Viktor Tsytsyura was stuck.

He was born in Ternopil, Ukraine, and worked for 15 years at a manufacturing plant near the Mongolian-Russian border. He eventually returned to fill a similar position in his hometown, where he and his wife Lubov have lived in the same Soviet-era blockhouse since 1985.

Viktor and Lubov maintain a dacha – or cottage – and a modest garden outside Ternopil, which they visited almost every day.

But there was a catch.

Viktor and his wife were too old to farm the land. But it is illegal for them to sell it. And they can’t use it to get a bank loan.

So was the land really theirs? Seven million Ukrainians faced the same question.

Starving in the breadbasket

Commonly referred to as the “breadbasket of Europe,” Ukraine is home to vast farmland with some of the most fertile soil in the world. However, between 1932 and 1933, a Stalin-orchestrated famine – referred to today as the Holodomor, a combination of the Ukrainian words for “starvation” and “to inflict death” – killed millions.

Historian Timothy Snyder popularized the term “bloodlands” to describe the distinct suffering of the region of Central and Eastern Europe that encompasses the Baltic states, Poland, Belarus, and the part of Ukraine in which Viktor was born 80 years ago.

Viktor’s parents had worked for many years on a Soviet collective farm. After the collapse of the U.S.S.R., roughly seven million Ukrainian farmers received plots of land from the government as compensation for years of toil on those farms.

Viktor and Lubov prepare fresh cucumber, tomato and grapes at their dacha ( Photo/Bernat Parera).

Among those millions of farmers, Viktor’s parents were granted nearly nine acres of farmland in 2001. But they were growing old at the time and long past working age – common among the people receiving these plots of land. Their best move seemed obvious: sell.

But they couldn’t.

When the Ukrainian government distributed the equivalent of roughly 80 million acres of farmable land to its citizens, it also introduced a “one-year” moratorium on selling that land.

Nineteen years later, that moratorium is still in place.

Many landowners have now reached retirement age. And nearly a million have already passed away, including Viktor’s parents.

The moratorium on farmland sales was designed to “help” the recipients of the land. If no one could sell, no one would be pressured by companies or foreign interests to part with their newly acquired property. But this gave rise to unforeseen consequences: many of these people had no access to financial support or lacked the tools to work the land effectively. As a result, much of the newly distributed land lay unutilized or leased for next to nothing.

Viktor felt that he was an “owner” in name only because he couldn’t use his property in any meaningful way. In fact, Ukraine stands alone among the democratic nations of the world by not allowing landowners like Viktor to legally sell their land.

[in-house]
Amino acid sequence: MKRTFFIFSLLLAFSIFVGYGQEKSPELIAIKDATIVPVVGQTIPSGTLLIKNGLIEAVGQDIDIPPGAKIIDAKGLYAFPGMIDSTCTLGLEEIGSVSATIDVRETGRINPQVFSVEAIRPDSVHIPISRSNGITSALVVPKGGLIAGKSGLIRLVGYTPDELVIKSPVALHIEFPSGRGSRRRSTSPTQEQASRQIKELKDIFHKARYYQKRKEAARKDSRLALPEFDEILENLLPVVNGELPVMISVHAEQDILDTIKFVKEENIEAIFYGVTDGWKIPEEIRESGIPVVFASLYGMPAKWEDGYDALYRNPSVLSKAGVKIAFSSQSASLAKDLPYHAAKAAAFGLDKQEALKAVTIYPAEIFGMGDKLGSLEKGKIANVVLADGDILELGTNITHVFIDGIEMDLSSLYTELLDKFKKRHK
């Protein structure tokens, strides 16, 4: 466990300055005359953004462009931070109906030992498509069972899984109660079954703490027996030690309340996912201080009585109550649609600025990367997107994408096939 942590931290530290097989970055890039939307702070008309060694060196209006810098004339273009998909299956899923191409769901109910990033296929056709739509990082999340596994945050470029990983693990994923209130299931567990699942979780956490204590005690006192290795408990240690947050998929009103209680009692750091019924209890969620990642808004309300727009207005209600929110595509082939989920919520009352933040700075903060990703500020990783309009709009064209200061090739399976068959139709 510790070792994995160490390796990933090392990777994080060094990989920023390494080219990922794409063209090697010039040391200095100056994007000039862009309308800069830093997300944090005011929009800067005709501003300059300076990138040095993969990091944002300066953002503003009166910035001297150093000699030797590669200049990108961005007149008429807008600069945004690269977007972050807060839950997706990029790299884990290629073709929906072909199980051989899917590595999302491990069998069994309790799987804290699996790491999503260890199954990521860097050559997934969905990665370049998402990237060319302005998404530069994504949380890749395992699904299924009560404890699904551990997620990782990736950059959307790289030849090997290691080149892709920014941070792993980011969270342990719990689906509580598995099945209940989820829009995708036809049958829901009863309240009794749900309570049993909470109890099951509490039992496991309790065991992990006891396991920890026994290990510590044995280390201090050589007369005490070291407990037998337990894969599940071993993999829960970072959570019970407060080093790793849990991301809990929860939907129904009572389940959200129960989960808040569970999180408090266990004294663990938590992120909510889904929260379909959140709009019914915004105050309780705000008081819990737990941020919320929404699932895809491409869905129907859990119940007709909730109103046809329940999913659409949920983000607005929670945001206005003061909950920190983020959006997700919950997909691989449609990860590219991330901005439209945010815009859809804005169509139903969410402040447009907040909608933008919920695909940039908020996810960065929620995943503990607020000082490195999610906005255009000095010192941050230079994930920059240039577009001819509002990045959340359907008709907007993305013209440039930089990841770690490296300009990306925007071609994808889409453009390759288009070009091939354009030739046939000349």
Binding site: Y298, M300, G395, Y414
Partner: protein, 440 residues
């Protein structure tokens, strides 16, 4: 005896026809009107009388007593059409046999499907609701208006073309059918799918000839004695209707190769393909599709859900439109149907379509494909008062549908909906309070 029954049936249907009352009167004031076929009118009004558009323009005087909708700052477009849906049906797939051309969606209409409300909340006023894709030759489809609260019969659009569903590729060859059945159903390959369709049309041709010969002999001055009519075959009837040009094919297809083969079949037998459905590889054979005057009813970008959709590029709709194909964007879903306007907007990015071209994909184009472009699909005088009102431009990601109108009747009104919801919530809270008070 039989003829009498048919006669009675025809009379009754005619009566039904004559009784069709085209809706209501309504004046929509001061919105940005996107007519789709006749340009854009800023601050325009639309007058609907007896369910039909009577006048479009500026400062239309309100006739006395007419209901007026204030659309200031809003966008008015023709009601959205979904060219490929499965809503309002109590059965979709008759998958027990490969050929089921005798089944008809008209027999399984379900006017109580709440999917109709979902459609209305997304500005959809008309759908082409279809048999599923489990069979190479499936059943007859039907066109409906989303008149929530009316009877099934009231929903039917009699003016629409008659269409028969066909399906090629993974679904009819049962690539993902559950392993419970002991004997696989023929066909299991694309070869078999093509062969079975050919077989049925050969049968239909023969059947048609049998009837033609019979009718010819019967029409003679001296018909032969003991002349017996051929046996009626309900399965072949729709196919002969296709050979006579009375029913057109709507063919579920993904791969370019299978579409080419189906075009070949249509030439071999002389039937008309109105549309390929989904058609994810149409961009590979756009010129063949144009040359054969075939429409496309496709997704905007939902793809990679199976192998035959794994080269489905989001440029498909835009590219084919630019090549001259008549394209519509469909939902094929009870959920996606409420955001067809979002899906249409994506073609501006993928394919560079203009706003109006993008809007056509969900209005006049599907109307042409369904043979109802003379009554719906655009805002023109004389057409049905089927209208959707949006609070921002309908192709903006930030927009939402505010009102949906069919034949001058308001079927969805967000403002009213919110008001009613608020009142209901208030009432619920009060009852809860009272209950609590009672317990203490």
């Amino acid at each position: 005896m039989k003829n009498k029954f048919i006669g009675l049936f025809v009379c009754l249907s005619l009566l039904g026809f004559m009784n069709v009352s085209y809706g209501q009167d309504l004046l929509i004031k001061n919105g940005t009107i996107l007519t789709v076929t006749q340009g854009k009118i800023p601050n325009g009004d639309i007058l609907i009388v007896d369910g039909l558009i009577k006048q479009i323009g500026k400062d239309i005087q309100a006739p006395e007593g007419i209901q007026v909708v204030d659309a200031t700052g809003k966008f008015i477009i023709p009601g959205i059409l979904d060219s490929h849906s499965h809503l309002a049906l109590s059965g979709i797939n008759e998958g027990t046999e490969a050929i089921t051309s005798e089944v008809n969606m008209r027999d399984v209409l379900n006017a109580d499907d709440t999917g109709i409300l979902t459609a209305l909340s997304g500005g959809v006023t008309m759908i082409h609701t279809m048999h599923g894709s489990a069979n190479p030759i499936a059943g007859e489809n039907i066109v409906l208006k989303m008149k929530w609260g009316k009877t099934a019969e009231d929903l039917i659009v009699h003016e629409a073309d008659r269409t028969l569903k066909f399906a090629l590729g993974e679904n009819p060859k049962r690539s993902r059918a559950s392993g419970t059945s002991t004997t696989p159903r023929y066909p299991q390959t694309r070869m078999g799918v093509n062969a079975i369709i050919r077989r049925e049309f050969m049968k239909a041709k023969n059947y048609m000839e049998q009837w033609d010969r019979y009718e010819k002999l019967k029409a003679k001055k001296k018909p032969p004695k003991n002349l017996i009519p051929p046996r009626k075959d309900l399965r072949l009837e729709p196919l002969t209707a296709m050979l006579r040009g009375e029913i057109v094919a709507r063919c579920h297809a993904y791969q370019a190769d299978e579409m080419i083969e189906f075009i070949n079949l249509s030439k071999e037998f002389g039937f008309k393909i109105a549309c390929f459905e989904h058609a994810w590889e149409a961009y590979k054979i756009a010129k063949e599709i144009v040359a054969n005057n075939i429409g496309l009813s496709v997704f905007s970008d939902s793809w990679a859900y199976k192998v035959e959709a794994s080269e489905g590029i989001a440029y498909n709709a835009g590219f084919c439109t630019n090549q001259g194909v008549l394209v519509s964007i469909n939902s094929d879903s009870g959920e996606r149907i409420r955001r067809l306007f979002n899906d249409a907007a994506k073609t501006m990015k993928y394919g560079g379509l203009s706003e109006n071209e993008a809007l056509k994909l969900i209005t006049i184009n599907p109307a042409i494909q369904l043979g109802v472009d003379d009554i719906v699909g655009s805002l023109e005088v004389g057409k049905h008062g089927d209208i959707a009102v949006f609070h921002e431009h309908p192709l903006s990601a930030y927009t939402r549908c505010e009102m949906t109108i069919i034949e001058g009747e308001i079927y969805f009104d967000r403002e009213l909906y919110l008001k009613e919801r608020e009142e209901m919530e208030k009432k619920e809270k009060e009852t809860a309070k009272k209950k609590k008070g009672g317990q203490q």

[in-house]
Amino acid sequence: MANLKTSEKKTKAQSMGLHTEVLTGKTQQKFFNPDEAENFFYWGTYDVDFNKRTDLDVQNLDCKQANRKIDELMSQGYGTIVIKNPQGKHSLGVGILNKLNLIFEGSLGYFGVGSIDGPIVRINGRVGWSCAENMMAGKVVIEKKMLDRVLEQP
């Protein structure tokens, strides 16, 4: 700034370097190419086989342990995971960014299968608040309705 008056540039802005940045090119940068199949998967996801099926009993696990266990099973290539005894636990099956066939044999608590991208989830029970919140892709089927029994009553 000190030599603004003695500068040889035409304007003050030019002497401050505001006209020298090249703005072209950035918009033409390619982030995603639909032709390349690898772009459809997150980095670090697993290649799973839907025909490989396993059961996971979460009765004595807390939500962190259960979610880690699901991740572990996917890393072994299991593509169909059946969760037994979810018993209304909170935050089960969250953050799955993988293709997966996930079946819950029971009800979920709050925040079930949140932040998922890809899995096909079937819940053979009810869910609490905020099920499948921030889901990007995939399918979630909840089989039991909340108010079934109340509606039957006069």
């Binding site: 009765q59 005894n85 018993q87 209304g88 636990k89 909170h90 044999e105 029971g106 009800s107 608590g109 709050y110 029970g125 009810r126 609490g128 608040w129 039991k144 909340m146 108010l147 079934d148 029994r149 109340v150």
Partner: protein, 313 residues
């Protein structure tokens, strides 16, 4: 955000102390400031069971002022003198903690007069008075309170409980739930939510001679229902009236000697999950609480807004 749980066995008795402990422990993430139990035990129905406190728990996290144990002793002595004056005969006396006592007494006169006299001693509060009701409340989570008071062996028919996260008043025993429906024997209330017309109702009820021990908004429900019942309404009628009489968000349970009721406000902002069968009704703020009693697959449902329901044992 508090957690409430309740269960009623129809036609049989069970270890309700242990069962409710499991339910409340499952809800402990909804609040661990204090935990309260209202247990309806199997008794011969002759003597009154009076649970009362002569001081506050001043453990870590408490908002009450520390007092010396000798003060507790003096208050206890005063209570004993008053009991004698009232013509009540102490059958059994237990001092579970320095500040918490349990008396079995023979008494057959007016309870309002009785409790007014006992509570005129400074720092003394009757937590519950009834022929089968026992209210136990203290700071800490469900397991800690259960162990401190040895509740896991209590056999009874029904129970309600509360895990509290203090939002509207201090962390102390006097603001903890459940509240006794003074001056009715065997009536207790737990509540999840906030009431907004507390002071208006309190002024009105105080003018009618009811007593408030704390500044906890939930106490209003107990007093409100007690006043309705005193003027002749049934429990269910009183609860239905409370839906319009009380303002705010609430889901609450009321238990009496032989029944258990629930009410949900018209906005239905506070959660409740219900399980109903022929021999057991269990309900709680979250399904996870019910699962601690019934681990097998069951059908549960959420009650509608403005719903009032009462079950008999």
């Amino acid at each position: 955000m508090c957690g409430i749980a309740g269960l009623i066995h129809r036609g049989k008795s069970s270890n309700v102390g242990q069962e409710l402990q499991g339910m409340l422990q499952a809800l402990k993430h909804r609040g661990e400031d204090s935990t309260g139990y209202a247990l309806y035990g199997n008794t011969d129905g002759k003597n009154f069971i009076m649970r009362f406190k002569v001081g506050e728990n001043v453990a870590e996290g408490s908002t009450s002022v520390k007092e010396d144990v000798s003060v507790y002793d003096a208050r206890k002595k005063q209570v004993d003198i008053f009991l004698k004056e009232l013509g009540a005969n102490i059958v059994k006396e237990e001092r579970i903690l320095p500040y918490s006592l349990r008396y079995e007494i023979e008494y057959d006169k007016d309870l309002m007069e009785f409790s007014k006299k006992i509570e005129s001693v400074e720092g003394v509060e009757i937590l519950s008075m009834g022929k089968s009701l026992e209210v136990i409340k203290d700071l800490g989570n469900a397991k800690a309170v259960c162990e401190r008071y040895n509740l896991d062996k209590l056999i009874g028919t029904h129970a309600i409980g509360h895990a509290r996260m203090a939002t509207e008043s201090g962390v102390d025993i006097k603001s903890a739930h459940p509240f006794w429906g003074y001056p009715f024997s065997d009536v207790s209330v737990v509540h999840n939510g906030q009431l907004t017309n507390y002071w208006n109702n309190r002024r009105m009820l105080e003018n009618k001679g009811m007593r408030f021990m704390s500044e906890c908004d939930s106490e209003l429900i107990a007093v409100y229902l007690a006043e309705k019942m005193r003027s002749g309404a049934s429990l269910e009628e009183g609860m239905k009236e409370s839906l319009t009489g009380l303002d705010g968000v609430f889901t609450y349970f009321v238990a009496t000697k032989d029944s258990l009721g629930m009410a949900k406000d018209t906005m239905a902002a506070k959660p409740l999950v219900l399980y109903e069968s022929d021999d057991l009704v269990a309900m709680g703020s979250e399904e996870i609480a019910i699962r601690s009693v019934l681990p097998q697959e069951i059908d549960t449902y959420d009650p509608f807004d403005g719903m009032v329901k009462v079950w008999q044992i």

An aerial view of Ukrainian farmland outside of Ternopil ( Photo/Bernat Parera).

He had only one viable option: to rent it out for a mere US$630 per year – an above-average rate in Ukraine. The soil is fertile and the farmer renting Viktor’s land grows wheat, buckwheat, corn and sunflowers.

Despite 30 years passing since the fall of the Soviet system, Viktor was still feeling the vestiges of injustice. 

Taking action

Viktor was fed up not only with his own situation, but the situation facing others like him. He visited local courts, only to be turned away by officials who told him it was impossible to do anything or to challenge the law.

One day, while watching a national debate show, Viktor discovered Dan Pasko, a Ukrainian businessman. Pasko was speaking out against the moratorium and promoting, a website that provides resources for landowners to launch legal challenges to the moratorium. EasyBusiness, a Kyiv-based nonprofit, was founded in 2014 in the wake of Ukraine’s Revolution of Dignity, looking to develop policies to meet the national demand for reform. Taking on the moratorium was one of their first projects.

“Once I understood what was happening to me and the millions of other landowners, that the state acted against the law and violated the constitution of Ukraine,” Viktor said, “I decided to fight with this country.”

More than 500 landowners registered their information through the platform, and about 20 filed claims to the European Court of Human Rights, or ECHR. From those, two cases were accepted – including Viktor’s. He worked with EasyBusiness and the Ukrainian Helsinki Human Rights Union, a pro-bono legal nonprofit, to file a case to the ECHR challenging the constitutionality of the moratorium – arguing that it violated the Ukrainian constitution and the human rights of its citizens.

The road to justice

In May 2018, Viktor received incredible news.

The ECHR ruled that the moratorium violated the human rights of Ukraine’s citizens and the Ukrainian government ought to make necessary changes to the law – or else pay damages to the affected landowners.

From there, the battle moved to the Ukrainian parliament. And in March 2020, lawmakers finally ended the moratorium – establishing a land market by 2021.

Viktor reviews the ECHR ruling ( Photo/Bernat Parera).

“I am a Ukrainian patriot,” Viktor said.

“For Ukraine to reach prosperity, I am ready to give my life.”

The new law is a major step toward restoring the property rights of millions of Ukrainians, not to mention boosting the country’s economic potential as lower and middle-class residents build wealth.

Viktor’s victory didn’t just mean he could take rightful ownership of his land. His fight will empower millions of other Ukrainians with the same opportunity and human dignity for generations to come.

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